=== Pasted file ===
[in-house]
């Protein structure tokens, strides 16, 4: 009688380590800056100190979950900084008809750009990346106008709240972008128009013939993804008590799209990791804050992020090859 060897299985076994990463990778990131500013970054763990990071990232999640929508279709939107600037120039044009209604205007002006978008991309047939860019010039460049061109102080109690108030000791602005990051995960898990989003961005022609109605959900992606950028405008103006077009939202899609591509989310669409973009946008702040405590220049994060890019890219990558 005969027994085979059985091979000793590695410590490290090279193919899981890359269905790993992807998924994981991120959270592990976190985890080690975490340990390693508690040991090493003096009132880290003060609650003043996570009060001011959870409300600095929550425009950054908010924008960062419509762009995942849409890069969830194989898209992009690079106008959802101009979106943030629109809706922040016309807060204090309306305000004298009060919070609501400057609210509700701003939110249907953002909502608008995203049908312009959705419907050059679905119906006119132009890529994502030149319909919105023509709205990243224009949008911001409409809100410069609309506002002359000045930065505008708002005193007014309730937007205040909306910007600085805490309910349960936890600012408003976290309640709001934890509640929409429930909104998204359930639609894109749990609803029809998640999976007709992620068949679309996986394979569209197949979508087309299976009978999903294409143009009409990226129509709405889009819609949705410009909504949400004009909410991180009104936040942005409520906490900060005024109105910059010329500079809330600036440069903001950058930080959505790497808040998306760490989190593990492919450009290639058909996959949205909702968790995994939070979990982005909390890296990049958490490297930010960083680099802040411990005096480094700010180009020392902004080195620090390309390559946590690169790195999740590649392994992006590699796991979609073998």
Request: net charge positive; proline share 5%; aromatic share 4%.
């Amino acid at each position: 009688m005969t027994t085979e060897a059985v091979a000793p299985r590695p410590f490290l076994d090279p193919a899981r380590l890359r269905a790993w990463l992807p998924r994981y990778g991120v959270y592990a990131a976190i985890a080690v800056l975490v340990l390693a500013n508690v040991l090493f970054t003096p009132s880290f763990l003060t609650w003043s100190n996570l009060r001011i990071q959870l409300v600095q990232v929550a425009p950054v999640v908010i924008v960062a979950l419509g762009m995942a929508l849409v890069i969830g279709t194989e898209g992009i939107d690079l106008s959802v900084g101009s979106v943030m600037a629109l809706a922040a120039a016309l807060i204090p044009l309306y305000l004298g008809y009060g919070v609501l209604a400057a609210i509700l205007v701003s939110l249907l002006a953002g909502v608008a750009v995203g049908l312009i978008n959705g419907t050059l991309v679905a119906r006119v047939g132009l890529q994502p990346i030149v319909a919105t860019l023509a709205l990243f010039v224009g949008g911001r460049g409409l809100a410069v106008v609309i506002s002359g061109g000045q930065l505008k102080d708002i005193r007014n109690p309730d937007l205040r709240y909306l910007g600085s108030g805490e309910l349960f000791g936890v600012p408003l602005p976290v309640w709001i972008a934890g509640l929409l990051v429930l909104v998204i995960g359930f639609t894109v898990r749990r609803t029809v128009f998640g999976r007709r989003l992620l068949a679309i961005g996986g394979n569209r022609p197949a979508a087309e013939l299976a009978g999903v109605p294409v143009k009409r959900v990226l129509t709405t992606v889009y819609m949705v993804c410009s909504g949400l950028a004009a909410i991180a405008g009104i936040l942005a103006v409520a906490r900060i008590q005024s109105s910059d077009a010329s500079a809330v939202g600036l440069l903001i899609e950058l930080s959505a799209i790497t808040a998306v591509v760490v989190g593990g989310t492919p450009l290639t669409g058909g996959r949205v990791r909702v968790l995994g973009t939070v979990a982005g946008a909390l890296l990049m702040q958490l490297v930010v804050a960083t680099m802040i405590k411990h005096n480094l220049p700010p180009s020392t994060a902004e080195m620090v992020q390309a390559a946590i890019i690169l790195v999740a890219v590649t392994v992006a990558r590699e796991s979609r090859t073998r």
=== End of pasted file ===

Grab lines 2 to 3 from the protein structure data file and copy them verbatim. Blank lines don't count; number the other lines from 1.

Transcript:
């Protein structure tokens, strides 16, 4: 009688380590800056100190979950900084008809750009990346106008709240972008128009013939993804008590799209990791804050992020090859 060897299985076994990463990778990131500013970054763990990071990232999640929508279709939107600037120039044009209604205007002006978008991309047939860019010039460049061109102080109690108030000791602005990051995960898990989003961005022609109605959900992606950028405008103006077009939202899609591509989310669409973009946008702040405590220049994060890019890219990558 005969027994085979059985091979000793590695410590490290090279193919899981890359269905790993992807998924994981991120959270592990976190985890080690975490340990390693508690040991090493003096009132880290003060609650003043996570009060001011959870409300600095929550425009950054908010924008960062419509762009995942849409890069969830194989898209992009690079106008959802101009979106943030629109809706922040016309807060204090309306305000004298009060919070609501400057609210509700701003939110249907953002909502608008995203049908312009959705419907050059679905119906006119132009890529994502030149319909919105023509709205990243224009949008911001409409809100410069609309506002002359000045930065505008708002005193007014309730937007205040909306910007600085805490309910349960936890600012408003976290309640709001934890509640929409429930909104998204359930639609894109749990609803029809998640999976007709992620068949679309996986394979569209197949979508087309299976009978999903294409143009009409990226129509709405889009819609949705410009909504949400004009909410991180009104936040942005409520906490900060005024109105910059010329500079809330600036440069903001950058930080959505790497808040998306760490989190593990492919450009290639058909996959949205909702968790995994939070979990982005909390890296990049958490490297930010960083680099802040411990005096480094700010180009020392902004080195620090390309390559946590690169790195999740590649392994992006590699796991979609073998």
Request: net charge positive; proline share 5%; aromatic share 4%.